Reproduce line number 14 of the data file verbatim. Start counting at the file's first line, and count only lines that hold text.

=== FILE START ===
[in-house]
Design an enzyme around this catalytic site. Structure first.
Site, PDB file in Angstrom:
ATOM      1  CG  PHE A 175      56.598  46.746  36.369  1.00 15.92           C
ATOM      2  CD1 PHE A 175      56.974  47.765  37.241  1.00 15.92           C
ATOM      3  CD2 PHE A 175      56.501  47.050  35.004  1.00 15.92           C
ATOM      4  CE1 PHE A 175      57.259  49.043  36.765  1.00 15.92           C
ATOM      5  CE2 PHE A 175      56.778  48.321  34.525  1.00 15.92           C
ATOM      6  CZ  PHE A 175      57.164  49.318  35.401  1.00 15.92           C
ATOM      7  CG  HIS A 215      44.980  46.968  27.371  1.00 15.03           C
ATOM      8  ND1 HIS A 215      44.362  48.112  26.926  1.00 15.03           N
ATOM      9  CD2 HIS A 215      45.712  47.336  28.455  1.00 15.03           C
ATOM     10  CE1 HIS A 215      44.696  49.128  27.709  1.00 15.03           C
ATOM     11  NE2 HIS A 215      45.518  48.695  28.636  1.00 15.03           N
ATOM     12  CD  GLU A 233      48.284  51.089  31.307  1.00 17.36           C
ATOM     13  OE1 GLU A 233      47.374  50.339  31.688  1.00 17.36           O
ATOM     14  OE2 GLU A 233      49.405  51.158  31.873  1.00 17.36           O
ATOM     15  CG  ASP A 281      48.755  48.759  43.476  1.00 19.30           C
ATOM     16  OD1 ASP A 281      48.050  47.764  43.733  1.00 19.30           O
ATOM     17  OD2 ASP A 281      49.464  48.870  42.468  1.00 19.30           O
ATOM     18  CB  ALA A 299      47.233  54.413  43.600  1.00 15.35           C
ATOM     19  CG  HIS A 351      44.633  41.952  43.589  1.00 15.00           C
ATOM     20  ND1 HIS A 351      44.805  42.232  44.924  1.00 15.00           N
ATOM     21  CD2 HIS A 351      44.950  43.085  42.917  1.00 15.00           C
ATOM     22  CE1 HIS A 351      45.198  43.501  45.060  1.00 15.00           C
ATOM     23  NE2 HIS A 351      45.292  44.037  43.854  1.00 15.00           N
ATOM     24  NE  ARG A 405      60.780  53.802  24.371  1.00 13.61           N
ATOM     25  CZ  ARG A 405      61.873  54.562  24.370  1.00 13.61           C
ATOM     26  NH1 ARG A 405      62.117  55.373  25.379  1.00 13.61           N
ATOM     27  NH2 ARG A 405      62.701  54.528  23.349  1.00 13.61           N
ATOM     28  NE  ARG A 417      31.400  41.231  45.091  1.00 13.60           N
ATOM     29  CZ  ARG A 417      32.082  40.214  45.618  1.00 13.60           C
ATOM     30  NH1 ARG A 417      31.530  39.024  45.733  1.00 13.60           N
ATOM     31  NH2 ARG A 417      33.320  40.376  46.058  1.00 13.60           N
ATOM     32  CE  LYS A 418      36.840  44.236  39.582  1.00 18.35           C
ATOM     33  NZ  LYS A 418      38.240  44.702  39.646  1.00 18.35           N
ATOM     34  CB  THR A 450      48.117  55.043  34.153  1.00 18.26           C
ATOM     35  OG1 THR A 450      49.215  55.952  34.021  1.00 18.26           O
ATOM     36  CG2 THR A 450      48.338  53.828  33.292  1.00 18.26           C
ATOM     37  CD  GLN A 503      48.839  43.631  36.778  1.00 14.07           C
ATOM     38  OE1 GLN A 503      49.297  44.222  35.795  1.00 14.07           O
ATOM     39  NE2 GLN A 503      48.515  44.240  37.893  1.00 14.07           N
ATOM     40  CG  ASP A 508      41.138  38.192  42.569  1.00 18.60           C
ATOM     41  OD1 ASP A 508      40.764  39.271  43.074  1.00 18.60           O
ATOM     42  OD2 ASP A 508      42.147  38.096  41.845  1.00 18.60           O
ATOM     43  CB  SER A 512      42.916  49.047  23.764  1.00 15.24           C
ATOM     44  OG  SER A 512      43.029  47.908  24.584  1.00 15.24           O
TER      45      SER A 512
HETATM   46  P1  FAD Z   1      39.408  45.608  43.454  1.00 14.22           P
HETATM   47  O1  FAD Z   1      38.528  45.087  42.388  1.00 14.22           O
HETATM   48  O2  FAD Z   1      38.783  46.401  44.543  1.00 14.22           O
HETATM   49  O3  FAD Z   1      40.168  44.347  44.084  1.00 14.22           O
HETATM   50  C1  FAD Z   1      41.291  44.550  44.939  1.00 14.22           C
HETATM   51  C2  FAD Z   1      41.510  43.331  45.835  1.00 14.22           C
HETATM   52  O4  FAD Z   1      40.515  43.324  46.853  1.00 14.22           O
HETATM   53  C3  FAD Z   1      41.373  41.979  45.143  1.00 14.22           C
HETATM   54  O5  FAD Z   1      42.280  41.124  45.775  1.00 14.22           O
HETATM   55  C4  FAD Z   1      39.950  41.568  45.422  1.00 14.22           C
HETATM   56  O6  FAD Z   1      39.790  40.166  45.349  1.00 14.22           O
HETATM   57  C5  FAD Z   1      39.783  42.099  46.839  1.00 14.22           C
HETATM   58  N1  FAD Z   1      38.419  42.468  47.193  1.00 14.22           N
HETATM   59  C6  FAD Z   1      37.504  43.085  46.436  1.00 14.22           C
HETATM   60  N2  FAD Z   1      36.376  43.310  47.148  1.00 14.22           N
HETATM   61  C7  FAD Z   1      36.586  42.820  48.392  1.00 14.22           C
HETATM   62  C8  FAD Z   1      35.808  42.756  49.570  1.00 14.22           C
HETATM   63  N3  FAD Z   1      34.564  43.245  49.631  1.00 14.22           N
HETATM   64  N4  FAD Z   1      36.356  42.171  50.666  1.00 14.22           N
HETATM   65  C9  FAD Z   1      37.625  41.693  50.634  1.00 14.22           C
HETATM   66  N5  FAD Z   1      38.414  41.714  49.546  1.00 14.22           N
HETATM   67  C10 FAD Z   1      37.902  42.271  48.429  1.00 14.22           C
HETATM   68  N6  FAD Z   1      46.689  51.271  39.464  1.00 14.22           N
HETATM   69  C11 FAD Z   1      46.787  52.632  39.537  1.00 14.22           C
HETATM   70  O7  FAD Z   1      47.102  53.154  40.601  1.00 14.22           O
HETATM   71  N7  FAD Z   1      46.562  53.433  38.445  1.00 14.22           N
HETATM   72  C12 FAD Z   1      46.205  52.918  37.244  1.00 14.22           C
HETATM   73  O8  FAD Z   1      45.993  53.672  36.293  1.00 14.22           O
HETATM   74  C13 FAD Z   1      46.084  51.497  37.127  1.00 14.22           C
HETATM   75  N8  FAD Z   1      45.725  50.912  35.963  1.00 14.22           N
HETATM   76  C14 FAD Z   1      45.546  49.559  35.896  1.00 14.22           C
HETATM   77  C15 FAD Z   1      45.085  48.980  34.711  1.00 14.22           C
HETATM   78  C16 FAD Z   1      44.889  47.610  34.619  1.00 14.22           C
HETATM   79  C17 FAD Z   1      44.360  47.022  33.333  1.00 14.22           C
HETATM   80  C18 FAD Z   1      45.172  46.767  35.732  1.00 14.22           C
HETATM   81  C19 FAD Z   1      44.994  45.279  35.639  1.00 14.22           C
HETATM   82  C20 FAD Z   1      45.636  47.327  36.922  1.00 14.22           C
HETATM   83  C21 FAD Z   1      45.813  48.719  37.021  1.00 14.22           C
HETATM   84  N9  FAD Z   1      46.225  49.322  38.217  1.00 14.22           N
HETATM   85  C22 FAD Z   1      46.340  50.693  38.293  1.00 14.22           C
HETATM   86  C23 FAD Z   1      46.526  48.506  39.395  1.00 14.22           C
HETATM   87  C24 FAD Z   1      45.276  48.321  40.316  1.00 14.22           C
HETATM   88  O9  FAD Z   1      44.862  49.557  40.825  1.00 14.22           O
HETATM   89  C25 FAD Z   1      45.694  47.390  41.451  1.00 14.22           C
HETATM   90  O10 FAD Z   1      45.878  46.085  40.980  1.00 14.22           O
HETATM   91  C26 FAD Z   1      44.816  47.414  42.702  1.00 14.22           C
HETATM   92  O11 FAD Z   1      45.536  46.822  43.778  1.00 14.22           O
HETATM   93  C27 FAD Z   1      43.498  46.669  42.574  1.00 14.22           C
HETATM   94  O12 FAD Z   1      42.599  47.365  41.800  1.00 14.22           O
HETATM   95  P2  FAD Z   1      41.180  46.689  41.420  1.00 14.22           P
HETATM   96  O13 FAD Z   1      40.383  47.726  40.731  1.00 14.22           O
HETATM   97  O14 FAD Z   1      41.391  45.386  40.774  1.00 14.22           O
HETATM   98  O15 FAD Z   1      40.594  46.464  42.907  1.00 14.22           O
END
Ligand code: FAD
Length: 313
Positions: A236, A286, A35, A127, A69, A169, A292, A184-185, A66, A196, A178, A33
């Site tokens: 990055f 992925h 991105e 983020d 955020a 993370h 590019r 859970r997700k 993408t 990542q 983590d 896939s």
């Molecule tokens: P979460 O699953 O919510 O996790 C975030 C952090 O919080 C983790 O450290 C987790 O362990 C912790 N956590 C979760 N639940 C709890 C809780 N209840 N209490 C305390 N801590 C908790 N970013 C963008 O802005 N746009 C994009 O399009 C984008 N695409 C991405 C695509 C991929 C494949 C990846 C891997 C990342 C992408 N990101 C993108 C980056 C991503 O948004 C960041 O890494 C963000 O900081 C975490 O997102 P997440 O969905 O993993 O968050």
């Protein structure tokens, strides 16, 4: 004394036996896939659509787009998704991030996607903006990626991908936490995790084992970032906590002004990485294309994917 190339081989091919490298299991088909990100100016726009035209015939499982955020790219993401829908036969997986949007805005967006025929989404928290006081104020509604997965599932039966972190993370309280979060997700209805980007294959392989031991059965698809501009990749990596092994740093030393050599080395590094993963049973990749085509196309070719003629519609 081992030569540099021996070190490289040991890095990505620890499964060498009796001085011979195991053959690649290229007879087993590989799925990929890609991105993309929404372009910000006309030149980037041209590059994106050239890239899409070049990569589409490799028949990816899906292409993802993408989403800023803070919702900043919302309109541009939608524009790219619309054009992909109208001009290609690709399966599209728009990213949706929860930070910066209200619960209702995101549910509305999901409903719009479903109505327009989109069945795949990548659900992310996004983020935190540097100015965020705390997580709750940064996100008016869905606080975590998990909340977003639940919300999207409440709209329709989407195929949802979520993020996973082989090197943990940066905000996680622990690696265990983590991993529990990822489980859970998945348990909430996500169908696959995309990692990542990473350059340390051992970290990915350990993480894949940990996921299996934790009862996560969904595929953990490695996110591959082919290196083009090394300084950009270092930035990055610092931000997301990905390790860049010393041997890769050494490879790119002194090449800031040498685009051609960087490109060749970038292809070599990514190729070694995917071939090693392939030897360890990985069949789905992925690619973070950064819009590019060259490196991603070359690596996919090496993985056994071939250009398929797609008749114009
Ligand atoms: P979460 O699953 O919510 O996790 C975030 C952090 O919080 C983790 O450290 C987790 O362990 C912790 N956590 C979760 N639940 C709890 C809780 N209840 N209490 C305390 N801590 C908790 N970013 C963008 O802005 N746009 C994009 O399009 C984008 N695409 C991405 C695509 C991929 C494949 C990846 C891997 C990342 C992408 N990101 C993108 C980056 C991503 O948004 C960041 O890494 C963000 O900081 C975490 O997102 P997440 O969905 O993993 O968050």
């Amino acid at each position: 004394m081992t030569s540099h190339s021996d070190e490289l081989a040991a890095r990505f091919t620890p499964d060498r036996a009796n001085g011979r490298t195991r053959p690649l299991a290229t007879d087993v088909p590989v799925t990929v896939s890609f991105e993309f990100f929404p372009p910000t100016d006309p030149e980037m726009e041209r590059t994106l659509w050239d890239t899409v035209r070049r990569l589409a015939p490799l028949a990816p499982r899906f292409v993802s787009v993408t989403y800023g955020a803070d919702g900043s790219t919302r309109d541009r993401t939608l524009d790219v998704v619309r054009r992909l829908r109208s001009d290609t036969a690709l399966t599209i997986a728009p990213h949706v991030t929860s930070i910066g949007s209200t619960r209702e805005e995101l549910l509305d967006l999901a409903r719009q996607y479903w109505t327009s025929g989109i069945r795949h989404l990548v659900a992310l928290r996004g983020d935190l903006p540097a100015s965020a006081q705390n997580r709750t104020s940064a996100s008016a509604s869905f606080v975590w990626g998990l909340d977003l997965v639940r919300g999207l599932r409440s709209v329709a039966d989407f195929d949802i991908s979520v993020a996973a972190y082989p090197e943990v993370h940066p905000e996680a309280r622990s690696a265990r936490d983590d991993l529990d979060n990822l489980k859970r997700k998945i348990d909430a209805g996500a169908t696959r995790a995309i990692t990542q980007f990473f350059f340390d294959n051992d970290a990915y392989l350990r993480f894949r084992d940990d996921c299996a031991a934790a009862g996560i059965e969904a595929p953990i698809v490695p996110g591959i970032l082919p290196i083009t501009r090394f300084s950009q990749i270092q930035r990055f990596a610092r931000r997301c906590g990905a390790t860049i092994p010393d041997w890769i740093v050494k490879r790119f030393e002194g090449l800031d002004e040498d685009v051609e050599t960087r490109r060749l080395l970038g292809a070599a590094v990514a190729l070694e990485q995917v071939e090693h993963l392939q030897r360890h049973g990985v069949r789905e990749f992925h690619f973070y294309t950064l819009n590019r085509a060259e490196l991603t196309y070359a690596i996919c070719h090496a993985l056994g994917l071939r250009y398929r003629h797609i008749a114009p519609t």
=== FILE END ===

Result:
ATOM     11  NE2 HIS A 215      45.518  48.695  28.636  1.00 15.03           N